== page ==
Coronavirus Chicago: City awards nearly 1,000 microbusinesses with $5K relief grants amid pandemic

ByABC7 Chicago Digital Team WLS logo
Thursday, May 14, 2020
Micro-businesses are facing an especially complex battle to survive the coronavirus stay-at-home orders and plan for their futures.

CHICAGO (WLS) -- Mayor Lightfoot and BACP will announce Thursday that grants have been awarded to nearly 1,000 microbusinesses that have been impacted by the COVID-19 outbreak through the $5 million Microbusiness Recovery Grant Program.

Through this program, 959 microbusinesses from across 36 low- and moderate-income community areas have received a grant of $5,000 just one week after applications closed for the program on Monday, May 4.

RELATED: Applications for Chicago small business recovery grant program due Monday

The 959 businesses awarded today are located throughout Chicago and represent all types of industries, from coffee shops and general retail to daycares and travel companies.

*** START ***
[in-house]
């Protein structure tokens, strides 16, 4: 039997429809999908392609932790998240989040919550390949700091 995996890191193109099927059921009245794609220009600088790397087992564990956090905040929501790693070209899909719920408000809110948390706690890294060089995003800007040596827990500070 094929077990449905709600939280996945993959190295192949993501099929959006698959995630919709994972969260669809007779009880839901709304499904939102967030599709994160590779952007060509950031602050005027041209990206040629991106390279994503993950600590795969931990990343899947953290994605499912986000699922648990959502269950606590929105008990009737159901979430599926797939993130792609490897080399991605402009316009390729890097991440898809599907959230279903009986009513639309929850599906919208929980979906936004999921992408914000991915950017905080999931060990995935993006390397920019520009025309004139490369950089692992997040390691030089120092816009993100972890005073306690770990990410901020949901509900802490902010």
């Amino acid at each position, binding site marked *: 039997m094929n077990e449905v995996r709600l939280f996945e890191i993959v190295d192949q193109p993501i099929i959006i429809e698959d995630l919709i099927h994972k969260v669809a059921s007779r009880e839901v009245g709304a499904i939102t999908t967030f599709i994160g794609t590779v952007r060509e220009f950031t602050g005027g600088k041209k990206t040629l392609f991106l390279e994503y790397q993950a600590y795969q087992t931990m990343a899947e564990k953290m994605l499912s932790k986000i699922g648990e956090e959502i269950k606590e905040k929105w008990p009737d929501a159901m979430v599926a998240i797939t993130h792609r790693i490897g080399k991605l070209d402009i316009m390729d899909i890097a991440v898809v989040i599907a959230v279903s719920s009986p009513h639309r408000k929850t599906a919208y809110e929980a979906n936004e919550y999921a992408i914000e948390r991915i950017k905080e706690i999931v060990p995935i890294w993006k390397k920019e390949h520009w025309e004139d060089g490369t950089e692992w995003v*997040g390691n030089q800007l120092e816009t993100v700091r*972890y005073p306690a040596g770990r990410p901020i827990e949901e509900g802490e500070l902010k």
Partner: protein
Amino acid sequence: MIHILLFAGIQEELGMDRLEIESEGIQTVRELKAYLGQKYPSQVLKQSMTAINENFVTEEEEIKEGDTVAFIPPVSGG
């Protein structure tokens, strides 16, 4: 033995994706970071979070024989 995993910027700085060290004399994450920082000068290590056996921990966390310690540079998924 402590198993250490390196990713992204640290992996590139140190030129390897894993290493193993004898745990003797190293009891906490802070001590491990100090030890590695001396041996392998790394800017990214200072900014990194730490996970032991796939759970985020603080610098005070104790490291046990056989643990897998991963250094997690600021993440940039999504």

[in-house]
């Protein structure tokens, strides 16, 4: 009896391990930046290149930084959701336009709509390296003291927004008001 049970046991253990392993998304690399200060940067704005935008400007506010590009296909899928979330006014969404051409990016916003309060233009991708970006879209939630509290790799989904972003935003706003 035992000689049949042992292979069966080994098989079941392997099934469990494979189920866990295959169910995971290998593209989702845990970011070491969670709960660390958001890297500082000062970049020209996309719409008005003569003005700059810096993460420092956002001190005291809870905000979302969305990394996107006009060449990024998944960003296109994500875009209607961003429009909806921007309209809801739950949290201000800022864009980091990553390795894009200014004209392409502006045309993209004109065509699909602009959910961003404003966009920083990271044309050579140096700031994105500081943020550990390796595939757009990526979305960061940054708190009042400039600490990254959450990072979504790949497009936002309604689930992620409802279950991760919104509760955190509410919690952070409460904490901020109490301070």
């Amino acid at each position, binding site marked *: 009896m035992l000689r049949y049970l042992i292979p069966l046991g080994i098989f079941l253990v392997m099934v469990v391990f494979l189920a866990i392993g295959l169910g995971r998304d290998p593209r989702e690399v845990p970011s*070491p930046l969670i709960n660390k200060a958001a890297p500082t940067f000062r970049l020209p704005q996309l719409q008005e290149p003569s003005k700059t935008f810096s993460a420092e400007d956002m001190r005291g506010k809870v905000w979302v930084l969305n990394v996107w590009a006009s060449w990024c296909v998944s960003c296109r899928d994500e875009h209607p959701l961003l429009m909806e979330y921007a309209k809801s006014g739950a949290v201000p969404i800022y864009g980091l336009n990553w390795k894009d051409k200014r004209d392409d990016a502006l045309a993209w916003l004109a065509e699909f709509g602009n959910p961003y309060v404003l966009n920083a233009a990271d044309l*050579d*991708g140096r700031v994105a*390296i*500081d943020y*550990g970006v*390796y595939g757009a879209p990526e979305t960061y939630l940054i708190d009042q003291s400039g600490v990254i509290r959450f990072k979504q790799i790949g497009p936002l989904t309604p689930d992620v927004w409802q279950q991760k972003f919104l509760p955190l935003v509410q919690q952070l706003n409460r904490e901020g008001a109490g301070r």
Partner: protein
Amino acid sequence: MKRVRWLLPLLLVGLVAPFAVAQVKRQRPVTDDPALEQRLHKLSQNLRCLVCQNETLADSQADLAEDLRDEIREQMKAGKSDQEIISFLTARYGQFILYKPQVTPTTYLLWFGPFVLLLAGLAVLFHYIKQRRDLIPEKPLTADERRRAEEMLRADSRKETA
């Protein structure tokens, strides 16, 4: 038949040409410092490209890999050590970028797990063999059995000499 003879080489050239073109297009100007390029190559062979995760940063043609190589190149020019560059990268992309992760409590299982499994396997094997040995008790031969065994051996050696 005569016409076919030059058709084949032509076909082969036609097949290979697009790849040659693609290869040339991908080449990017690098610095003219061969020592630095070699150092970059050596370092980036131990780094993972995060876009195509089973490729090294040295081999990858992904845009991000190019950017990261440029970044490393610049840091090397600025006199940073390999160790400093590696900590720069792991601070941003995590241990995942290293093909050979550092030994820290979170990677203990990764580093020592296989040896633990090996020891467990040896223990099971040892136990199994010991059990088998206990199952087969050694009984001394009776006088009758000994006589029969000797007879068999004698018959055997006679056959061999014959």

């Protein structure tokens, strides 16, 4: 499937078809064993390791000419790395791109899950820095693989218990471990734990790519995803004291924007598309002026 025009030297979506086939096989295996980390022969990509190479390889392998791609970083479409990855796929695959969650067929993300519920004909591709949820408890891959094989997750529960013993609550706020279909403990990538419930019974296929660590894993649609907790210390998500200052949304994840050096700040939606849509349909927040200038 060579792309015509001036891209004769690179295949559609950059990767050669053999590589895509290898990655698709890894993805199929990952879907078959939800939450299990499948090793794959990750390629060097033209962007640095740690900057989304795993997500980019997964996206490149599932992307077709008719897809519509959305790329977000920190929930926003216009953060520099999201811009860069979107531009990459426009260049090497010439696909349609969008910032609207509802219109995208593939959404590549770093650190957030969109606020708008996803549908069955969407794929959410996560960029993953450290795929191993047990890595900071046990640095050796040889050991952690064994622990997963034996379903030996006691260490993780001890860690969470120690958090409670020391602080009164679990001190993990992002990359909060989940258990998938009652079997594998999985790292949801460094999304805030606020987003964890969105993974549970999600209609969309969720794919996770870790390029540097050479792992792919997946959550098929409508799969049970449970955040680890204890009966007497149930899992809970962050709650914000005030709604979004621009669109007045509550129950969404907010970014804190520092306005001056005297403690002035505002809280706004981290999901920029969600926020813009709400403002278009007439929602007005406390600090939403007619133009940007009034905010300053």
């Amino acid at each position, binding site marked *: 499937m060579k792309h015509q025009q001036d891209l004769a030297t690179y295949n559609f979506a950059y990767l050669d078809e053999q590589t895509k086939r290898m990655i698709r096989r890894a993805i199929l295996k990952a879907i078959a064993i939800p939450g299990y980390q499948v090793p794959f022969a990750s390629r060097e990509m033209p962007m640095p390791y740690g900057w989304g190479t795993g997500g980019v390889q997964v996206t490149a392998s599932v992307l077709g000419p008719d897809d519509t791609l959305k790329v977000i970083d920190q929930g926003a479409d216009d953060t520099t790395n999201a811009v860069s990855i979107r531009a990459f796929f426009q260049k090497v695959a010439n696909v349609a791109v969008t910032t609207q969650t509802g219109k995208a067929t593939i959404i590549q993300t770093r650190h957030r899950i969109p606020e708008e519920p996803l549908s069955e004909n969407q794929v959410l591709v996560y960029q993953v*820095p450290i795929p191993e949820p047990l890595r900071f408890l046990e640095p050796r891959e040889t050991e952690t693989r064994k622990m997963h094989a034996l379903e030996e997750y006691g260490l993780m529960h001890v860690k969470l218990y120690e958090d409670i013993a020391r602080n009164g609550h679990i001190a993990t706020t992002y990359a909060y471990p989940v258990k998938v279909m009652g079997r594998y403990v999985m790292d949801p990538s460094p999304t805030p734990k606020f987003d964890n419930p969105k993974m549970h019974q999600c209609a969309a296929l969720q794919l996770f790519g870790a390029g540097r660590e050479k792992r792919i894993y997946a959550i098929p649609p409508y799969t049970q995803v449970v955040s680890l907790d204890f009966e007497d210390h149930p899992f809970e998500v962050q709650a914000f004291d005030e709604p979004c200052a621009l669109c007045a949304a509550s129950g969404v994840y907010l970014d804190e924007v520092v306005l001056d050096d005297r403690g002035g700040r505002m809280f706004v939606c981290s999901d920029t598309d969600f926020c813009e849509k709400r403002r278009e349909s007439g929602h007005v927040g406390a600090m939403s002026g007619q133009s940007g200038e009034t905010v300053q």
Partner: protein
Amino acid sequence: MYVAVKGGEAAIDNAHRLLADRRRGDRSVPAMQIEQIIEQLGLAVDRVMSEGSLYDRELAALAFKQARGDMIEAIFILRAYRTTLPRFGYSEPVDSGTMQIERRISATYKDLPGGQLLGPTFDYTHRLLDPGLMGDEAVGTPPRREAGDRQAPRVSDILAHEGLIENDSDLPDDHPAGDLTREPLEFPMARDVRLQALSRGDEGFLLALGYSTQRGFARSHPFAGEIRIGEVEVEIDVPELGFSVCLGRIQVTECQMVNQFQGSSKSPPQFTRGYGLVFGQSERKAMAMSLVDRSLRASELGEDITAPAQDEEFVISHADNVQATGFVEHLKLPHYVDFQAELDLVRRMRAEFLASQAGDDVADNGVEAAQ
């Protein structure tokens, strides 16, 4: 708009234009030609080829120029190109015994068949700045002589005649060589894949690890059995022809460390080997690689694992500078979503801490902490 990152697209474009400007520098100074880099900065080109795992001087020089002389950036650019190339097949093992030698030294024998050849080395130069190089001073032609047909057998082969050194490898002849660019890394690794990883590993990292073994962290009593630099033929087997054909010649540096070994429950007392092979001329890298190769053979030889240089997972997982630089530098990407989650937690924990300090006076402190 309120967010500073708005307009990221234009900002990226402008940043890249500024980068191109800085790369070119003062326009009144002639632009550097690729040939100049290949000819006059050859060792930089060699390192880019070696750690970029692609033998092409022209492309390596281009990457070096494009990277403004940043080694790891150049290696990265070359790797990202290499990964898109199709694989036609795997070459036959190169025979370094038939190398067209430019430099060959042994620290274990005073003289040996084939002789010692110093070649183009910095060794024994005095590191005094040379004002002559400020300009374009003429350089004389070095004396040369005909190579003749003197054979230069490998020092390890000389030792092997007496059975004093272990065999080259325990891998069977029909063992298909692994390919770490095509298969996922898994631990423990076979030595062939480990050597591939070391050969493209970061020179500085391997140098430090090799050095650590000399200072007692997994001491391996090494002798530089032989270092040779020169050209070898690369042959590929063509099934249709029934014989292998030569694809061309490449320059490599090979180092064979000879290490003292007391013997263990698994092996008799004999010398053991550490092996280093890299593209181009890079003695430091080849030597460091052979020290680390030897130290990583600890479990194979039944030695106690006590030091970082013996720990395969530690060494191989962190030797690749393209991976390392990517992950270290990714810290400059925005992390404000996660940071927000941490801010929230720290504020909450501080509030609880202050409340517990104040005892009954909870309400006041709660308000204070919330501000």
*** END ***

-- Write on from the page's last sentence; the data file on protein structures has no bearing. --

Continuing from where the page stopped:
More than 90 percent of the awardees identify as having diverse ownership, including 55 percent women, 45 percent African American and 34 percent Latinx. Additionally, the awarded businesses employ an average of 2 employees and have been in business for an average of over 10 years.

RELATED: COVID-19 help, information and resources

The Chicago Microbusiness Recovery Grant Program was designed for businesses that may not be able to obtain funding through federal and other financing programs.

To be eligible, businesses had to have four or fewer employees, revenues of less than $250,000 and must be located within a low- or moderate-income community area.

The grantees were selected from over 4,500 applicants through a lottery system.

At her press conference Wednesday, Mayor Lightfoot said the plan to reopen Chicago will be a slow and calculated process driven by science and the public.

"Reopening will be like slowly turning on a dimmer - not flipping a light-switch," she explained. "Our reopening process only works if we're stopping the spread of the disease."

The mayor said the plan is specifically tailored to the needs of residents, with an initial focus on essential workers.